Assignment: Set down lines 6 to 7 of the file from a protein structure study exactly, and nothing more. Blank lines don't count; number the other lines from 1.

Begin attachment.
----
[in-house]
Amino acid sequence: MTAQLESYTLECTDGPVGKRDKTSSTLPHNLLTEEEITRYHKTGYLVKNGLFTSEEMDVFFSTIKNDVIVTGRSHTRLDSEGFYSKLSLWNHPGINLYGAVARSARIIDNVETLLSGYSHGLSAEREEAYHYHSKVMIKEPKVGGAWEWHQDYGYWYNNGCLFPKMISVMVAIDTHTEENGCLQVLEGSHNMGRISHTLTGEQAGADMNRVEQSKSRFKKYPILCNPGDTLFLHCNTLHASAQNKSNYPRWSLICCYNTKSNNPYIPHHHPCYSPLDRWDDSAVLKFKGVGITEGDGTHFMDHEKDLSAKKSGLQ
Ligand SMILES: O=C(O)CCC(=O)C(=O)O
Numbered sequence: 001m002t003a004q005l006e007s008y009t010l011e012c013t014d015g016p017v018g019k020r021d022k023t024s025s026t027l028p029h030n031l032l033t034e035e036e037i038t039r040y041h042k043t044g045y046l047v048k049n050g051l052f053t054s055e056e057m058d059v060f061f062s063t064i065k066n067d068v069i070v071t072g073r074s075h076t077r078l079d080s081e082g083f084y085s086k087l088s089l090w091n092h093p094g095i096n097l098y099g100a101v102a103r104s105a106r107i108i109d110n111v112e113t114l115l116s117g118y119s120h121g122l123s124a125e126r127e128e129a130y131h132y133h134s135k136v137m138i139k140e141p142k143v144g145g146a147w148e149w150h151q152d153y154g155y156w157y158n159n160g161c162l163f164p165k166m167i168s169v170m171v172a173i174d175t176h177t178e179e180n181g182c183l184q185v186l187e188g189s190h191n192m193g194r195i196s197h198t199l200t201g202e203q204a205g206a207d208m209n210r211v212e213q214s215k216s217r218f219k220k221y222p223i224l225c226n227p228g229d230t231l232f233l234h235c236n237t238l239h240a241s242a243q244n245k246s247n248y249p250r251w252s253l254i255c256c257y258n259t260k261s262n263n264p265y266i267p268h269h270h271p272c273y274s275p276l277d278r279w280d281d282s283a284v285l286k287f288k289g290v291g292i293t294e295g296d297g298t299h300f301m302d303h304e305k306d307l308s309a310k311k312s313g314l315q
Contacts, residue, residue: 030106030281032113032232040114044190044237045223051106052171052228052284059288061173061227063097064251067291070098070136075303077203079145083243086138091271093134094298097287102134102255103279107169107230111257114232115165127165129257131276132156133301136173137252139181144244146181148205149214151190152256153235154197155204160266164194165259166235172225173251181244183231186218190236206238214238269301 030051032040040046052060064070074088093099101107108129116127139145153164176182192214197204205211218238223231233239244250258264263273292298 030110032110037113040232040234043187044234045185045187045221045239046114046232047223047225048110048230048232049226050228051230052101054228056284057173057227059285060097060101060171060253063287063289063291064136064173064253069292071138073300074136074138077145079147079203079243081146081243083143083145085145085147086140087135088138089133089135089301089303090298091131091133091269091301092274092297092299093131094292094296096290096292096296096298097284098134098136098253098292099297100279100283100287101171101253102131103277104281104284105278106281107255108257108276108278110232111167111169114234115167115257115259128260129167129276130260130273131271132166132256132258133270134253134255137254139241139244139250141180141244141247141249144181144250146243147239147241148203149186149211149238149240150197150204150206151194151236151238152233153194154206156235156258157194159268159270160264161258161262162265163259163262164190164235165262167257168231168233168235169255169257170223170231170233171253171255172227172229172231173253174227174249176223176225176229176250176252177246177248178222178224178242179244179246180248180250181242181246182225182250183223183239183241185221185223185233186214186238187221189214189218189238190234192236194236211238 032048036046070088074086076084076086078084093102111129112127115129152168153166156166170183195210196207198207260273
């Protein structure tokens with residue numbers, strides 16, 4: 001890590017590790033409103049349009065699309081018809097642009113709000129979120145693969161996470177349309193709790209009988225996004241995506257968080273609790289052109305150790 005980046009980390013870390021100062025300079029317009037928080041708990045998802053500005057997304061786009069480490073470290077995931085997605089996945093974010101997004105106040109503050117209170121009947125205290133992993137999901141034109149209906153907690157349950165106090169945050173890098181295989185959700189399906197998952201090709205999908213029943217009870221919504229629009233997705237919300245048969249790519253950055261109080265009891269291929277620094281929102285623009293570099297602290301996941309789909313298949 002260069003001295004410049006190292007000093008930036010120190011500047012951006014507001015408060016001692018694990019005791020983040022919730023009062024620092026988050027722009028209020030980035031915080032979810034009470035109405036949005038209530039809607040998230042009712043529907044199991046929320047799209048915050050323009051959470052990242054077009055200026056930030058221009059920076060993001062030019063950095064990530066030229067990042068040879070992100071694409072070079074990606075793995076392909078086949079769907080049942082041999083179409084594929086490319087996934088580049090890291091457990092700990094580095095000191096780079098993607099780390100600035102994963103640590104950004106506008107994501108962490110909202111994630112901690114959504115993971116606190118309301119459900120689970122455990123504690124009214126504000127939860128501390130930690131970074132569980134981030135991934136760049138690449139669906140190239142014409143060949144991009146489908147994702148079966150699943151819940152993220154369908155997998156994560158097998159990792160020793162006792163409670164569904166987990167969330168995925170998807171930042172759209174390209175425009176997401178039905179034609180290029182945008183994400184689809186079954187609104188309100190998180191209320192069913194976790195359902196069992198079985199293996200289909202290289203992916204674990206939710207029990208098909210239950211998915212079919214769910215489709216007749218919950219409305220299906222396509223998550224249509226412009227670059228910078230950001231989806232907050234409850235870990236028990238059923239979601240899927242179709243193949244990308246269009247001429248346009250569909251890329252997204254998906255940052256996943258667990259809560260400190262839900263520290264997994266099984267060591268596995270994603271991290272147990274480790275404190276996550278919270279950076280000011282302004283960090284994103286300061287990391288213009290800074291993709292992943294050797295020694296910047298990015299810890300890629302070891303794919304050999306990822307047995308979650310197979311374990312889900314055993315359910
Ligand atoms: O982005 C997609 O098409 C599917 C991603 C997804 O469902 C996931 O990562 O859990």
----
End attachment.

């Protein structure tokens with residue numbers, strides 16, 4: 001890590017590790033409103049349009065699309081018809097642009113709000129979120145693969161996470177349309193709790209009988225996004241995506257968080273609790289052109305150790 005980046009980390013870390021100062025300079029317009037928080041708990045998802053500005057997304061786009069480490073470290077995931085997605089996945093974010101997004105106040109503050117209170121009947125205290133992993137999901141034109149209906153907690157349950165106090169945050173890098181295989185959700189399906197998952201090709205999908213029943217009870221919504229629009233997705237919300245048969249790519253950055261109080265009891269291929277620094281929102285623009293570099297602290301996941309789909313298949 002260069003001295004410049006190292007000093008930036010120190011500047012951006014507001015408060016001692018694990019005791020983040022919730023009062024620092026988050027722009028209020030980035031915080032979810034009470035109405036949005038209530039809607040998230042009712043529907044199991046929320047799209048915050050323009051959470052990242054077009055200026056930030058221009059920076060993001062030019063950095064990530066030229067990042068040879070992100071694409072070079074990606075793995076392909078086949079769907080049942082041999083179409084594929086490319087996934088580049090890291091457990092700990094580095095000191096780079098993607099780390100600035102994963103640590104950004106506008107994501108962490110909202111994630112901690114959504115993971116606190118309301119459900120689970122455990123504690124009214126504000127939860128501390130930690131970074132569980134981030135991934136760049138690449139669906140190239142014409143060949144991009146489908147994702148079966150699943151819940152993220154369908155997998156994560158097998159990792160020793162006792163409670164569904166987990167969330168995925170998807171930042172759209174390209175425009176997401178039905179034609180290029182945008183994400184689809186079954187609104188309100190998180191209320192069913194976790195359902196069992198079985199293996200289909202290289203992916204674990206939710207029990208098909210239950211998915212079919214769910215489709216007749218919950219409305220299906222396509223998550224249509226412009227670059228910078230950001231989806232907050234409850235870990236028990238059923239979601240899927242179709243193949244990308246269009247001429248346009250569909251890329252997204254998906255940052256996943258667990259809560260400190262839900263520290264997994266099984267060591268596995270994603271991290272147990274480790275404190276996550278919270279950076280000011282302004283960090284994103286300061287990391288213009290800074291993709292992943294050797295020694296910047298990015299810890300890629302070891303794919304050999306990822307047995308979650310197979311374990312889900314055993315359910
Ligand atoms: O982005 C997609 O098409 C599917 C991603 C997804 O469902 C996931 O990562 O859990």